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The legal status of children born out of wedlock in Morocco


Schlumpf, Eva (2016). The legal status of children born out of wedlock in Morocco. Electronic Journal of Islamic and Middle Eastern Law (EJIMEL), 4(22):1-26.

Abstract

According to a study made by the Moroccan NGO Insaf (Institution Nationale de Solidarité avec les Femmes en détresse), 27’199 women gave birth to 45’424 children without being married in Morocco in 2009.1 Every single day, 153 children of unknown paternity were born, of which 24 were abandoned.2 Not as high but just as alarming numbers of the year 2008 were published in a report by UNICEF and the Ligue Marocaine pour la Protection de l’Enfance in 2010.3 And the rising number of court cases dealing with the issue of abandoned children (5'274 cases in 2009 and 5'377 cases in 2013) indicates that it remains a matter of concern.4 In 1990 Morocco has signed the UN Convention on the Rights of the Child (CRC). This was a first big improvement for the rights of the Moroccan children and their mothers in general. In 2004 the family code of Morocco’s Personal Status law – the Moudawana – was reformed. Concerning the children’s rights, the commitment to the CRC directly influenced the reform of the family code. The various amendments of the Moroccan law in the past thirty years have significantly improved the legal situation. However, the issue of illegitimate and abandoned children remains worrisome as it is not merely a legal but more a social and cultural problem deeply rooted in the Moroccan society.

According to a study made by the Moroccan NGO Insaf (Institution Nationale de Solidarité avec les Femmes en détresse), 27’199 women gave birth to 45’424 children without being married in Morocco in 2009.1 Every single day, 153 children of unknown paternity were born, of which 24 were abandoned.2 Not as high but just as alarming numbers of the year 2008 were published in a report by UNICEF and the Ligue Marocaine pour la Protection de l’Enfance in 2010.3 And the rising number of court cases dealing with the issue of abandoned children (5'274 cases in 2009 and 5'377 cases in 2013) indicates that it remains a matter of concern.4 In 1990 Morocco has signed the UN Convention on the Rights of the Child (CRC). This was a first big improvement for the rights of the Moroccan children and their mothers in general. In 2004 the family code of Morocco’s Personal Status law – the Moudawana – was reformed. Concerning the children’s rights, the commitment to the CRC directly influenced the reform of the family code. The various amendments of the Moroccan law in the past thirty years have significantly improved the legal situation. However, the issue of illegitimate and abandoned children remains worrisome as it is not merely a legal but more a social and cultural problem deeply rooted in the Moroccan society.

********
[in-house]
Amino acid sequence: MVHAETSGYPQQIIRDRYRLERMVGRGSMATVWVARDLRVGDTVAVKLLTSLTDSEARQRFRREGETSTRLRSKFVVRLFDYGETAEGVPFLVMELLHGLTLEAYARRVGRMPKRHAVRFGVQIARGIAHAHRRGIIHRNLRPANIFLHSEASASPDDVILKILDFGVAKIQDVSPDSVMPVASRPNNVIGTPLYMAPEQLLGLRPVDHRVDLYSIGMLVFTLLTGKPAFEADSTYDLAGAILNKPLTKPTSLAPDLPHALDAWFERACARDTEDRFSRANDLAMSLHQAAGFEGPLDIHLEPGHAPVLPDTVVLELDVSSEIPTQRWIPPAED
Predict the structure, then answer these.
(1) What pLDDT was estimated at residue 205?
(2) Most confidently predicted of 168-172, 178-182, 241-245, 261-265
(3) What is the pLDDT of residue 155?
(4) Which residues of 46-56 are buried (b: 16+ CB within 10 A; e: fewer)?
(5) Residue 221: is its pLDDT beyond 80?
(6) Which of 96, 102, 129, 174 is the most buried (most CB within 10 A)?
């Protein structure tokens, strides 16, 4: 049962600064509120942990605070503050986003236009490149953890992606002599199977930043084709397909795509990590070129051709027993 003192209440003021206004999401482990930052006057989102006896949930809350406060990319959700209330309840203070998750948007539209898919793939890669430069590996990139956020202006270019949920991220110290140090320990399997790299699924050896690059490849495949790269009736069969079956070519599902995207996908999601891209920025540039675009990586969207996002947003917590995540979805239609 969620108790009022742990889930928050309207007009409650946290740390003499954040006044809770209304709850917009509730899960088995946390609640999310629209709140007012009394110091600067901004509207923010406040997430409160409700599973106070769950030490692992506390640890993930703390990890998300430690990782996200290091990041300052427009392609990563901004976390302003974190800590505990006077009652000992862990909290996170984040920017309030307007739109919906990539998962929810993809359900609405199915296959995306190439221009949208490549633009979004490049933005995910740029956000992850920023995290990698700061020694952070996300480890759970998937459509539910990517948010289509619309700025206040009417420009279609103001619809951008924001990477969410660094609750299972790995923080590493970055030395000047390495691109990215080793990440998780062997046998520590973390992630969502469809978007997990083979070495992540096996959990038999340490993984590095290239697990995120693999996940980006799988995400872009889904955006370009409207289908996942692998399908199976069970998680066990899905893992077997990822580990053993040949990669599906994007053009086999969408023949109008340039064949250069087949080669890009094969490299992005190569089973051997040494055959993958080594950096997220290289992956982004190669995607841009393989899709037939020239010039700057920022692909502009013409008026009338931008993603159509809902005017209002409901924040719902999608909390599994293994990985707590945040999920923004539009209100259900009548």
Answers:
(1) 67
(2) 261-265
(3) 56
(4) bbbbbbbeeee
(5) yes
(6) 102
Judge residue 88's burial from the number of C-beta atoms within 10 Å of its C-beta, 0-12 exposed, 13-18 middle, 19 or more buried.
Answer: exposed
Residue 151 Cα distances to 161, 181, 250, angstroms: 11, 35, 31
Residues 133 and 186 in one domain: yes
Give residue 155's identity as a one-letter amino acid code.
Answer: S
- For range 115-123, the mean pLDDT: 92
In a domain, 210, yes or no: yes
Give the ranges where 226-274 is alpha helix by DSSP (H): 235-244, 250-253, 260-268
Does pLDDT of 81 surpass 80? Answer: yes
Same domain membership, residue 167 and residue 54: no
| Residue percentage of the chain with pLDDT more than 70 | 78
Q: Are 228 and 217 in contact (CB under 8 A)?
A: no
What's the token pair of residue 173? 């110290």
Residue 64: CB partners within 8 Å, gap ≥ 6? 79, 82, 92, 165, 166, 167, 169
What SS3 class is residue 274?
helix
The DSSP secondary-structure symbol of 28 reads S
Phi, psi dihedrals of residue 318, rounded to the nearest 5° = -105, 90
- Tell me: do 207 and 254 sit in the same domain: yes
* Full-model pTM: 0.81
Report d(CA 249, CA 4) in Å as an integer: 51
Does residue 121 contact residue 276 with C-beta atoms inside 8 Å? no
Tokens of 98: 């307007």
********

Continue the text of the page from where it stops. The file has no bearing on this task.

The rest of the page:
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Additional indexing

Item Type:Journal Article, refereed, original work
Communities & Collections:Journals > Electronic Journal of Islamic and Middle Eastern Law (EJIMEL) > Archive > 4/2016 > Articles
Dewey Decimal Classification:Unspecified
Language:English
Date:2016
Deposited On:21 Jan 2016 16:28
Last Modified:19 May 2016 15:30
Publisher:Center for Islamic and Middle Eastern Legal Studies (CIMELS), University of Zurich
ISSN:1664-5707
Free access at:Publisher DOI. An embargo period may apply.
Publisher DOI:https://doi.org/https://www.zora.uzh.ch/120614/
Official URL:http://www.ejimel.uzh.ch/en.html
Permanent URL: https://doi.org/10.5167/uzh-120614

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